ASH Daily news for 17 November 2015
17 November 2015
- How can Philip Morris sue Uruguay over its tobacco laws?
- Mouth cancer awareness saves lives
- Shares in Imperial Tobacco hit record high on fresh takeover talk
- China continues to lag in effective tobacco control, studies show
- Parliamentary Business
How can Philip Morris sue Uruguay over its tobacco laws?
In an opinion piece published in the Guardian, Alfred de Zayas a United Nations independent expert, argues that the Investor-State Dispute Settlement (ISDS) provisions of the TPP, which has allowed tobacco company Philip Morris to sue Uruguay after it adopted a number of anti-tobacco regulations, puts companies’ rights ahead of human rights.
He argues that ISDS, which “is a privatised system of arbitration” which allows an investor the right to use private dispute settlement proceedings against a foreign government, threatens the existing system of justice and must be abolished.Source: The Guardian, 16 November 2015
Mouth cancer awareness saves lives
Dr Nigel Carter OBE, chief executive of the British Dental Health Foundation writes that awareness of mouth cancer can save lives.
The main things to be aware of are ulcers which do not heal within three weeks, red and white patches in the mouth and any unusual lumps or swellings in the mouth, head and neck area.
Awareness of the risk factors is also vital, as roughly 91% of all diagnoses are linked to lifestyle. Smoking and chewing tobacco are the leading causes of mouth cancer and excessive alcohol is linked to more than a third of cases in men and a fifth in women. Poor diet and the HPV virus are also major risk factorsSource: Independent Nurse, 17 November 2015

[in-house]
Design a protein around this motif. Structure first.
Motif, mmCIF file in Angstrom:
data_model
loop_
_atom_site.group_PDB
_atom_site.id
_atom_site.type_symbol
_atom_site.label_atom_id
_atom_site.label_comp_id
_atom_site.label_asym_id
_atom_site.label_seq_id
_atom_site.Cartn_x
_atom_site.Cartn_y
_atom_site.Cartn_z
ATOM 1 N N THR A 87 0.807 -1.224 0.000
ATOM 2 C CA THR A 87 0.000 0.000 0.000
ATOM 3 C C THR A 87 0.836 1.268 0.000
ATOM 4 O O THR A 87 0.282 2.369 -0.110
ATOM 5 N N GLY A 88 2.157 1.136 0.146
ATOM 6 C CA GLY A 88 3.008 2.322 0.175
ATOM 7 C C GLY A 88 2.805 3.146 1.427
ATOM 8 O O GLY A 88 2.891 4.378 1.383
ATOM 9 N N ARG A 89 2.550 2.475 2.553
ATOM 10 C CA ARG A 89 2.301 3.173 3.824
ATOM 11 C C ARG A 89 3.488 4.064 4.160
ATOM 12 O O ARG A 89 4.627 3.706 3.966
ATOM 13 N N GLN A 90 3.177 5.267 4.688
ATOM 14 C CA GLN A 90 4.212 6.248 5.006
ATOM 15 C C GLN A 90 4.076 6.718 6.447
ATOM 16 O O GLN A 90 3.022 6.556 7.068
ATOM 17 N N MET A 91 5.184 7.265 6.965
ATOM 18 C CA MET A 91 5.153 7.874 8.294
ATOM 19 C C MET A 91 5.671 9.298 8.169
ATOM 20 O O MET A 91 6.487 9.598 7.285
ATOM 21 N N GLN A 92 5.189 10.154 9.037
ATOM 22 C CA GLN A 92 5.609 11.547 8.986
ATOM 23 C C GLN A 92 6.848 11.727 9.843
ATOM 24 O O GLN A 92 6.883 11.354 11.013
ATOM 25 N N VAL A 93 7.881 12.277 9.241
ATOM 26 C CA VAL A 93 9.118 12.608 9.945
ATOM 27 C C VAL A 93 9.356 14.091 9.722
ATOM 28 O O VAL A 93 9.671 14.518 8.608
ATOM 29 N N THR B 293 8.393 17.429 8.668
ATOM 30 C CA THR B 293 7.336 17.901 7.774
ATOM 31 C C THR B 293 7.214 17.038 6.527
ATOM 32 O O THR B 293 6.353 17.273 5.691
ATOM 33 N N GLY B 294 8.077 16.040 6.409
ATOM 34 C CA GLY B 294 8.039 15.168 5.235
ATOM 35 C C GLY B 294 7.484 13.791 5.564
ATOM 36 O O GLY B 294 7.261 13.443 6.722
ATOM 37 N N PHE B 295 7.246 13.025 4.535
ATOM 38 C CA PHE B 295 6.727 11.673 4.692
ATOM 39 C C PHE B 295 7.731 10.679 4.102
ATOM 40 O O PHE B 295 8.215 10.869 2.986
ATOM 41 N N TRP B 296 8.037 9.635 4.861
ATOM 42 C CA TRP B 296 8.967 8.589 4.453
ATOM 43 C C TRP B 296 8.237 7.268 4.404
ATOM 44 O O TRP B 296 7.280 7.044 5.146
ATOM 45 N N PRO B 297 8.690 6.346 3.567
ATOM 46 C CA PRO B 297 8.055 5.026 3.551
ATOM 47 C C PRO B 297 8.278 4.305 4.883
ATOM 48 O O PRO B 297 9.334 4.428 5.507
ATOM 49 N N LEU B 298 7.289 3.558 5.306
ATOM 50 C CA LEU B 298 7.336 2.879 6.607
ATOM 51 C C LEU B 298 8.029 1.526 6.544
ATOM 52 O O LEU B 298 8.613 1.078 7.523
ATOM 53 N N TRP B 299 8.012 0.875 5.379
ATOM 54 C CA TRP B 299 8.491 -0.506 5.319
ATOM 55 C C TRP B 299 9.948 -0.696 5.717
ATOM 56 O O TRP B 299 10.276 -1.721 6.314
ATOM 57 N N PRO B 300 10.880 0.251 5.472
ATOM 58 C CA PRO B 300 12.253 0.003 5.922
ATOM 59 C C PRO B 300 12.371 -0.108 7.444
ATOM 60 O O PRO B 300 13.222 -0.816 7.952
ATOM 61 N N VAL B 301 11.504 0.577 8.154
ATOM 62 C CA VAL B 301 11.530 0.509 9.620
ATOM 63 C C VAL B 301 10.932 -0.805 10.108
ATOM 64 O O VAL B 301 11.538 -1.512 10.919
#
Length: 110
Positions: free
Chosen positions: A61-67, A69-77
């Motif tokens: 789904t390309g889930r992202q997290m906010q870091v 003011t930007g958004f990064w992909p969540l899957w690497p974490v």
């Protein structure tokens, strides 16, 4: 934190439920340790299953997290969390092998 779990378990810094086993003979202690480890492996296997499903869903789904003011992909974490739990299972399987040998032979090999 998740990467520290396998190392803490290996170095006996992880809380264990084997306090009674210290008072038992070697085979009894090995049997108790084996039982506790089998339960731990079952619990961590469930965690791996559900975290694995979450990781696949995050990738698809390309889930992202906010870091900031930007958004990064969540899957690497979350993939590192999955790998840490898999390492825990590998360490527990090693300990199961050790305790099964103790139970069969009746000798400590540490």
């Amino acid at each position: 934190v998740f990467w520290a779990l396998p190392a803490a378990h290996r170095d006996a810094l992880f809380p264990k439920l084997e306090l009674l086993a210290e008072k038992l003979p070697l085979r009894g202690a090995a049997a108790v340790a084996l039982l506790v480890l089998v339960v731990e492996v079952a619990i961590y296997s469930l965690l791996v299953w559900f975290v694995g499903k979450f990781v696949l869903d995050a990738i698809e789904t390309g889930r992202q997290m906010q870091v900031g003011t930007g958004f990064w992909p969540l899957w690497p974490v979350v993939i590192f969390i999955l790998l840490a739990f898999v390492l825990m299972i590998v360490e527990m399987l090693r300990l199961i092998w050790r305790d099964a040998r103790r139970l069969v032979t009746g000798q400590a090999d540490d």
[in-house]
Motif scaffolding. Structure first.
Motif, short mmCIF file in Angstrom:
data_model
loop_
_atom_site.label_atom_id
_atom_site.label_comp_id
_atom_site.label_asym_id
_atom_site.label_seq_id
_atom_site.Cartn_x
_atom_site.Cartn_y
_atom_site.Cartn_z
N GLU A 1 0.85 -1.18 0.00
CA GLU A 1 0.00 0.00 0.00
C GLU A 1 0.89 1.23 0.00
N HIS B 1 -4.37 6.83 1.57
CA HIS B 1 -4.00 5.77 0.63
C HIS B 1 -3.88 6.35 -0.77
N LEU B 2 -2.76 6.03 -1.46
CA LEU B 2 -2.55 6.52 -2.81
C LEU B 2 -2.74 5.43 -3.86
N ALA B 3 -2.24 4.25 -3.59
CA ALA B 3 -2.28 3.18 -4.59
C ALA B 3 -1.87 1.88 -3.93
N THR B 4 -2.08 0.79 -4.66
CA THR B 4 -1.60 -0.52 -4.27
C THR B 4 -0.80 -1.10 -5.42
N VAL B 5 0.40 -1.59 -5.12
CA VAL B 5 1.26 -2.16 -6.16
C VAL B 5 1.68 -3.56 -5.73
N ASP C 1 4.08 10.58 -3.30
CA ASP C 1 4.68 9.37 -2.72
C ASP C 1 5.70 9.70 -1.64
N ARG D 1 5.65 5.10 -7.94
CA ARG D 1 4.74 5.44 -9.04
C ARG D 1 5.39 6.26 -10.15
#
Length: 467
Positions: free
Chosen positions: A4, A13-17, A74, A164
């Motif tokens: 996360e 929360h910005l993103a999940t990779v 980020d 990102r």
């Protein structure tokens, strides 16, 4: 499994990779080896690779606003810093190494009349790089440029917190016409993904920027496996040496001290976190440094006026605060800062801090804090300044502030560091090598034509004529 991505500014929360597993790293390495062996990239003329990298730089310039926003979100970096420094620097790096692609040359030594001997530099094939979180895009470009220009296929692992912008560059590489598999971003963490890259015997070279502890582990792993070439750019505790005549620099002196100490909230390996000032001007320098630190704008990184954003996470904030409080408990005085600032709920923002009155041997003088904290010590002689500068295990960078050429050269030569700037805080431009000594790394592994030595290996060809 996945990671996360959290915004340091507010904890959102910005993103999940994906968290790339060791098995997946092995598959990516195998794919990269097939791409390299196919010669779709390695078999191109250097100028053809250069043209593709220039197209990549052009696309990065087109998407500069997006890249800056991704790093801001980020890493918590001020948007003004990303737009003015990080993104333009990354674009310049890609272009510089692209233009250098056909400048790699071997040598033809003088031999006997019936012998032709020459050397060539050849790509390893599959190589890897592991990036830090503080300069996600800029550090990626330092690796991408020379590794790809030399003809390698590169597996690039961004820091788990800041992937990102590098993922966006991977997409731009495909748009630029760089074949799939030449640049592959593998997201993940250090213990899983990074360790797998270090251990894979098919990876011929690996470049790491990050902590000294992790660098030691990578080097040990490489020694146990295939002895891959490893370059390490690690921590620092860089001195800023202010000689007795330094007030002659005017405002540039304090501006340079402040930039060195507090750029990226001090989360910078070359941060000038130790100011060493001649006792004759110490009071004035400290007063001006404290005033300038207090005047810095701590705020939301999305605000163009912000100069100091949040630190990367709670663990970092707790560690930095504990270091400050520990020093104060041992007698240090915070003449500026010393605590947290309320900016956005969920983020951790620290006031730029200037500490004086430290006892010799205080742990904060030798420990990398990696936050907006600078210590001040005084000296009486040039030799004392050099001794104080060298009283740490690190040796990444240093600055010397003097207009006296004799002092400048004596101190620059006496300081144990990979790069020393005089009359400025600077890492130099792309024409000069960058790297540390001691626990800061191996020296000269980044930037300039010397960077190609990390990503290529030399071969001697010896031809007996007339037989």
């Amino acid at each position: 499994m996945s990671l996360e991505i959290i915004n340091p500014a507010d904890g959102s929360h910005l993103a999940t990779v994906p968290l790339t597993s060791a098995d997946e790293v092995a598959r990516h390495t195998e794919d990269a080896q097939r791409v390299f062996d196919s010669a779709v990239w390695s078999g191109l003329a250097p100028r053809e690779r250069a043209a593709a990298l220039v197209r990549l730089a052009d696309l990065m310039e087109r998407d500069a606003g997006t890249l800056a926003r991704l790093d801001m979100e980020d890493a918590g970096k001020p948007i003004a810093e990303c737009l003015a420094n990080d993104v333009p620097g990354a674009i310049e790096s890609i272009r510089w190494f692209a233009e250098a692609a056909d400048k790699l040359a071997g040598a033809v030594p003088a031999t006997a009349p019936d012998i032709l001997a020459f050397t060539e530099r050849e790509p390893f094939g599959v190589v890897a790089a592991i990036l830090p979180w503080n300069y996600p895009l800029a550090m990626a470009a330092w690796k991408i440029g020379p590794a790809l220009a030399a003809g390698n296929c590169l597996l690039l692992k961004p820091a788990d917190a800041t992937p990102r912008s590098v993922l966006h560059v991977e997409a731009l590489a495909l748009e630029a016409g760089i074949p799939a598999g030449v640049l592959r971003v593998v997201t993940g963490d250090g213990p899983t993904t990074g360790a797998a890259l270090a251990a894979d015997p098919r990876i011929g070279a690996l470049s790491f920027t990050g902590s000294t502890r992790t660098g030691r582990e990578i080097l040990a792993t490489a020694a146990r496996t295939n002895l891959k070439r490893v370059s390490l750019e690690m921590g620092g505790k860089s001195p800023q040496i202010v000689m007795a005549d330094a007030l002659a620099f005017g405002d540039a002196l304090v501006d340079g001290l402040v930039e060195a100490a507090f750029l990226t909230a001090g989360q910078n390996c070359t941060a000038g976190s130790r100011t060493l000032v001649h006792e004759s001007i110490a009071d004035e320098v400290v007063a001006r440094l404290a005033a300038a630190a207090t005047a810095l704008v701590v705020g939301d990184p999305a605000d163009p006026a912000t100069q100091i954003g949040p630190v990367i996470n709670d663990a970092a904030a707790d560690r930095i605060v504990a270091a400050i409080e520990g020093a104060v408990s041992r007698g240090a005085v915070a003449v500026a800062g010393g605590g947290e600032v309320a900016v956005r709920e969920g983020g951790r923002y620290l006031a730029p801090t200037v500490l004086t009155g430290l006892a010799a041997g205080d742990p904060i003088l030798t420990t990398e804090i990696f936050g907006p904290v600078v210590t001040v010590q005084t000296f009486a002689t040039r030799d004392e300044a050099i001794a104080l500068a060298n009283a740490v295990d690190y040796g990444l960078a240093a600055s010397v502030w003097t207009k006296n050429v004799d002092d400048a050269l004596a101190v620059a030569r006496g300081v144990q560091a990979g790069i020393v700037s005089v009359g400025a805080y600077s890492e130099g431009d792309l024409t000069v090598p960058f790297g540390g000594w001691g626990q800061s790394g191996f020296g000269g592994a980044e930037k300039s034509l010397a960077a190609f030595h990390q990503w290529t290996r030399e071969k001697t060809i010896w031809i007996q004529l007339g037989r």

Shares in Imperial Tobacco hit record high on fresh takeover talk
Shares in Imperial Tobacco touched an all-time high on Monday amid speculation that a tie-up between Imperial and Japan Tobacco International was imminent.Source: The Daily Telegraph, 16 November 2015
China continues to lag in effective tobacco control, studies show
A series of articles published in the journal of Tobacco Control based on findings from the University of Waterloo’s International Tobacco Control Policy Evaluation Project (ITC Project), suggest that efforts to reduce tobacco consumption in China have been ineffective.
Lead researcher Professor Fong said: “The new ITC studies demonstrate the urgent need for the Chinese government to accelerate progress towards ending the tobacco epidemic across several key policy fronts including a national comprehensive smoke-free law, pictorial health warnings, and strong controls on misleading marketing and harmful cigarette design practices.”Source: Science Daily, 16 November 2015
Matthew Offord Conservative, Hendon
To ask Mr Chancellor of the Exchequer, what estimate he has made of the cost to the public purse of the illegal trade of cigarettes in Northern Ireland.
Damian Hinds The Exchequer Secretary
Estimates of the volume and total revenue losses associated with the tobacco illicit market are published in ‘Tobacco Tax Gap Estimates 2014 to 2015’.
These estimates cannot be broken down on a regional basis.
The methodology for producing the estimates are provided in the ‘Measuring Tax Gaps 2015 edition: Methodological Annex’.
https://www.gov.uk/government/uploads/system/uploads/attachment_data/file/469973/HMRC-Measuring-tax-gaps-2015-methodological-annex.pdfSource: Hansard: HC Deb, 16 November 2015, cW